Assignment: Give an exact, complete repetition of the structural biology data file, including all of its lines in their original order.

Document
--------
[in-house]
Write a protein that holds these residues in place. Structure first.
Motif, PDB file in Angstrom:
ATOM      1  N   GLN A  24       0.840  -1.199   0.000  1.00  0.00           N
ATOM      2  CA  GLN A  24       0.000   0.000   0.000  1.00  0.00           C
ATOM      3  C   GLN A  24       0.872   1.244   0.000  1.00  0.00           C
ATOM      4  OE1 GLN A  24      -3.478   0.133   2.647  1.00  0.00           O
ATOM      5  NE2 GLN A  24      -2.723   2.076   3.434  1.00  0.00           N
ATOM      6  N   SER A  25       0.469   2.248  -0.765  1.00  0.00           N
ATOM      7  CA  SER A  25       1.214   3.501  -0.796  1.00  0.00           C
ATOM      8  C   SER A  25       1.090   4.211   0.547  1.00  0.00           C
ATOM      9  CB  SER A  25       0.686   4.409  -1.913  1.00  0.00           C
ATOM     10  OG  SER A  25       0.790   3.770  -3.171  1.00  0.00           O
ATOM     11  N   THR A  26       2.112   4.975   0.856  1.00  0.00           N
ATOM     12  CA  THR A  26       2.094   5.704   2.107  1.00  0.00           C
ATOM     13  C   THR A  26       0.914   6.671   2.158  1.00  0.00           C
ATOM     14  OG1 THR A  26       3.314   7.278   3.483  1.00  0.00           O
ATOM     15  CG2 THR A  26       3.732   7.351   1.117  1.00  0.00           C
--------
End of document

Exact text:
[in-house]
Write a protein that holds these residues in place. Structure first.
Motif, PDB file in Angstrom:
ATOM      1  N   GLN A  24       0.840  -1.199   0.000  1.00  0.00           N
ATOM      2  CA  GLN A  24       0.000   0.000   0.000  1.00  0.00           C
ATOM      3  C   GLN A  24       0.872   1.244   0.000  1.00  0.00           C
ATOM      4  OE1 GLN A  24      -3.478   0.133   2.647  1.00  0.00           O
ATOM      5  NE2 GLN A  24      -2.723   2.076   3.434  1.00  0.00           N
ATOM      6  N   SER A  25       0.469   2.248  -0.765  1.00  0.00           N
ATOM      7  CA  SER A  25       1.214   3.501  -0.796  1.00  0.00           C
ATOM      8  C   SER A  25       1.090   4.211   0.547  1.00  0.00           C
ATOM      9  CB  SER A  25       0.686   4.409  -1.913  1.00  0.00           C
ATOM     10  OG  SER A  25       0.790   3.770  -3.171  1.00  0.00           O
ATOM     11  N   THR A  26       2.112   4.975   0.856  1.00  0.00           N
ATOM     12  CA  THR A  26       2.094   5.704   2.107  1.00  0.00           C
ATOM     13  C   THR A  26       0.914   6.671   2.158  1.00  0.00           C
ATOM     14  OG1 THR A  26       3.314   7.278   3.483  1.00  0.00           O
ATOM     15  CG2 THR A  26       3.732   7.351   1.117  1.00  0.00           C